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Hollywood, Pasadena and the Valleys honor the past

History has its eyes on you,” sings the cast in the hit musical Hamilton, which recently completed an extended run at the Hollywood Pantages Theatre. Although they were singing about Alexander Hamilton they could just as easily have been singing about Alexander Pantages, who built the grand Art Deco theater in 1930.

The fully refurbished theater has hosted everything from vaudeville to the Academy Awards and is just one of a number of venues in Hollywood, the San Fernando and San Gabriel valleys and Pasadena where groups can experience the rich history of Los Angeles.


“Hollywood is the epitome of the L.A. experience, with glitz and glamour around every corner,” said Darren K. Green, senior vice president of the Los Angeles Tourism & Convention Board. “You can truly elevate any meeting or event into a red-carpet affair at real working movie studios, historic theaters and iconic award-show venues.”

While the Pantages hosted the Oscars from 1949 to 1959, the Hollywood Roosevelt was the event’s original host in 1929. The hotel reopened in 2005 following an extensive renovation and still features vintage tiles and ceiling details. Meeting planners will find more than 25,000 square feet of gathering space, including 13 meeting rooms and the Tropical Pool and rooftop for events.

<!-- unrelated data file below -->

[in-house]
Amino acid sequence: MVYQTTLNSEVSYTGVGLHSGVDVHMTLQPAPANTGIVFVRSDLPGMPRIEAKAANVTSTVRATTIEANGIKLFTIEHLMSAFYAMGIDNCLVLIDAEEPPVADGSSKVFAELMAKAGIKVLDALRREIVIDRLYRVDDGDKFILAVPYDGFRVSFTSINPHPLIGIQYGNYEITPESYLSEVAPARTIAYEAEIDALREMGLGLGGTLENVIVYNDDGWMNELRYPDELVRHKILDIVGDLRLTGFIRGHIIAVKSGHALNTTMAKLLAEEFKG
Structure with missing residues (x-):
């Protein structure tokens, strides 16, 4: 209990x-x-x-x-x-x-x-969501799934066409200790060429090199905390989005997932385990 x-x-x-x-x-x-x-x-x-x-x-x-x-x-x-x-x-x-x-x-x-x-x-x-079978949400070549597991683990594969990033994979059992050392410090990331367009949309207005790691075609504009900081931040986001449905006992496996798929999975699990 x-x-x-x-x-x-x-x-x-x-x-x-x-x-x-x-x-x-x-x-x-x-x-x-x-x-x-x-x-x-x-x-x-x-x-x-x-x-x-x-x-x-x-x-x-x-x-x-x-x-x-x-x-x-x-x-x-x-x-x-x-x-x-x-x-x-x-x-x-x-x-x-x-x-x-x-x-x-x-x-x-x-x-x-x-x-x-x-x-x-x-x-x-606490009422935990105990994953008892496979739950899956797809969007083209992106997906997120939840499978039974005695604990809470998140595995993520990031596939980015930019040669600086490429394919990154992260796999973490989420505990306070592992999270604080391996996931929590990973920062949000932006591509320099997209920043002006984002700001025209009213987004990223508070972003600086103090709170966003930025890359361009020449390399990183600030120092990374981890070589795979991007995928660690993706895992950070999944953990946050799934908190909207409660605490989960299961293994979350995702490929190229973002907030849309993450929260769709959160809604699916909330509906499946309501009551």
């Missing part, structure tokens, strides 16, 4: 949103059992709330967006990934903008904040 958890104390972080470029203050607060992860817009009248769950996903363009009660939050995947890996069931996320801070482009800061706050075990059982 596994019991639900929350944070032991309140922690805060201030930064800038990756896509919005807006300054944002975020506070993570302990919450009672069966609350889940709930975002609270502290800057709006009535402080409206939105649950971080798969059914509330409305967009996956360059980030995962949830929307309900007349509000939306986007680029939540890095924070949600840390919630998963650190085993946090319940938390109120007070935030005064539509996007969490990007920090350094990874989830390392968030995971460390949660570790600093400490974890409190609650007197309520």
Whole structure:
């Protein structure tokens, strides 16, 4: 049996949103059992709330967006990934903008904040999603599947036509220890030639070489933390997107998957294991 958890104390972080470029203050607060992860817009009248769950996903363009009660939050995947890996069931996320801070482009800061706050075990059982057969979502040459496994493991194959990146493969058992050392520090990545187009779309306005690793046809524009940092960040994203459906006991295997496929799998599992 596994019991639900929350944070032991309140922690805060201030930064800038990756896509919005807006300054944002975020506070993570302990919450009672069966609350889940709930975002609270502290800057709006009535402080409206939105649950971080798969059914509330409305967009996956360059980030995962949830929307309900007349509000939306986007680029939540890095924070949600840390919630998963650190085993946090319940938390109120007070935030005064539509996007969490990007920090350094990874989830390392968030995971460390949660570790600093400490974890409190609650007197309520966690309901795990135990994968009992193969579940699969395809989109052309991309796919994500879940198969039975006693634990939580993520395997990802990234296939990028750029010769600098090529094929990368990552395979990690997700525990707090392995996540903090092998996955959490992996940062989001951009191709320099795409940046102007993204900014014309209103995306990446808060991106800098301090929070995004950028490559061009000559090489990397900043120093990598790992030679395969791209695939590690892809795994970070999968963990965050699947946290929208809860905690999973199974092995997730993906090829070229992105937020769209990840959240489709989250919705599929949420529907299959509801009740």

The Oscars are now held just down the street at the Dolby Theatre, part of the Hollywood & Highland entertainment complex. While not historic (it opened in 2001), Hollywood & Highland was built in a prime spot along the Hollywood Walk of Fame, which recognizes celebrities old and new. Next door, the 20-story Loews Hollywood Hotel features 76,000 square feet of meeting space.

“You’ll discover a mix of treasured and classic properties in Hollywood,” Green said. “The Hollywood Roosevelt, W Hollywood and Loews Hollywood Hotel are all within close proximity to the Hollywood & Highland entertainment district.”

Up in the hills, the Hollywood Bowl was built in 1922 and has hosted everyone from the Rolling Stones to Gustavo Dudamel. Meeting planners can book the Bowl’s picnic and reception areas for events that combine food and music—not to mention some pretty incredible stargazing. For the more serious stargazer (of the celestial sort), the Griffith Observatory offers event space. The Los Angeles icon opened in 1935 and has been featured in films such as Rebel Without a Cause and La La Land.